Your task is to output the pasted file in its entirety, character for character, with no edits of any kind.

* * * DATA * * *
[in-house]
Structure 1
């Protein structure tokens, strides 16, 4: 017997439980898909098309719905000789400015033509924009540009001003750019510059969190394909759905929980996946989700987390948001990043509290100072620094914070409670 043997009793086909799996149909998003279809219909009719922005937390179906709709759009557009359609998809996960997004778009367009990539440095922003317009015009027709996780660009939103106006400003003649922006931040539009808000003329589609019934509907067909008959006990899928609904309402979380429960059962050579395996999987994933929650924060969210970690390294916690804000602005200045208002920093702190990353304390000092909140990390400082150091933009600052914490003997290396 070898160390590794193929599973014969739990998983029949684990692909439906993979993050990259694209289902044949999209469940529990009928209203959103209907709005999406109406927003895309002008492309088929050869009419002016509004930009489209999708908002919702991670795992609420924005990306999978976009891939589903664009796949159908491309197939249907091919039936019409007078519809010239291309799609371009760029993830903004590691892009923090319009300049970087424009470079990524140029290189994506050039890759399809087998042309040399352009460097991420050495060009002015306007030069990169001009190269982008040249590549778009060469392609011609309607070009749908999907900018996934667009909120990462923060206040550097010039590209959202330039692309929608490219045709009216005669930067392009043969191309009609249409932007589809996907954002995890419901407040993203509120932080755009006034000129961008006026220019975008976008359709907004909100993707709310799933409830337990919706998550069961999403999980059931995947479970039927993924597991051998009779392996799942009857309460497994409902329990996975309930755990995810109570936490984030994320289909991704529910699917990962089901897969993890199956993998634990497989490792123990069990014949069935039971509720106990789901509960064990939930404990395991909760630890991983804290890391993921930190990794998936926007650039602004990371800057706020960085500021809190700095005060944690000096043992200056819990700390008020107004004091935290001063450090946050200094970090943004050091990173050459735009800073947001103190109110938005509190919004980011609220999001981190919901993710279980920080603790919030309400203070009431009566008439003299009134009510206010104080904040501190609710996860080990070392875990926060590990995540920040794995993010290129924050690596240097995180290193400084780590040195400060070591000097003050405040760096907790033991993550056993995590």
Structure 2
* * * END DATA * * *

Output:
[in-house]
Structure 1
């Protein structure tokens, strides 16, 4: 017997439980898909098309719905000789400015033509924009540009001003750019510059969190394909759905929980996946989700987390948001990043509290100072620094914070409670 043997009793086909799996149909998003279809219909009719922005937390179906709709759009557009359609998809996960997004778009367009990539440095922003317009015009027709996780660009939103106006400003003649922006931040539009808000003329589609019934509907067909008959006990899928609904309402979380429960059962050579395996999987994933929650924060969210970690390294916690804000602005200045208002920093702190990353304390000092909140990390400082150091933009600052914490003997290396 070898160390590794193929599973014969739990998983029949684990692909439906993979993050990259694209289902044949999209469940529990009928209203959103209907709005999406109406927003895309002008492309088929050869009419002016509004930009489209999708908002919702991670795992609420924005990306999978976009891939589903664009796949159908491309197939249907091919039936019409007078519809010239291309799609371009760029993830903004590691892009923090319009300049970087424009470079990524140029290189994506050039890759399809087998042309040399352009460097991420050495060009002015306007030069990169001009190269982008040249590549778009060469392609011609309607070009749908999907900018996934667009909120990462923060206040550097010039590209959202330039692309929608490219045709009216005669930067392009043969191309009609249409932007589809996907954002995890419901407040993203509120932080755009006034000129961008006026220019975008976008359709907004909100993707709310799933409830337990919706998550069961999403999980059931995947479970039927993924597991051998009779392996799942009857309460497994409902329990996975309930755990995810109570936490984030994320289909991704529910699917990962089901897969993890199956993998634990497989490792123990069990014949069935039971509720106990789901509960064990939930404990395991909760630890991983804290890391993921930190990794998936926007650039602004990371800057706020960085500021809190700095005060944690000096043992200056819990700390008020107004004091935290001063450090946050200094970090943004050091990173050459735009800073947001103190109110938005509190919004980011609220999001981190919901993710279980920080603790919030309400203070009431009566008439003299009134009510206010104080904040501190609710996860080990070392875990926060590990995540920040794995993010290129924050690596240097995180290193400084780590040195400060070591000097003050405040760096907790033991993550056993995590």
Structure 2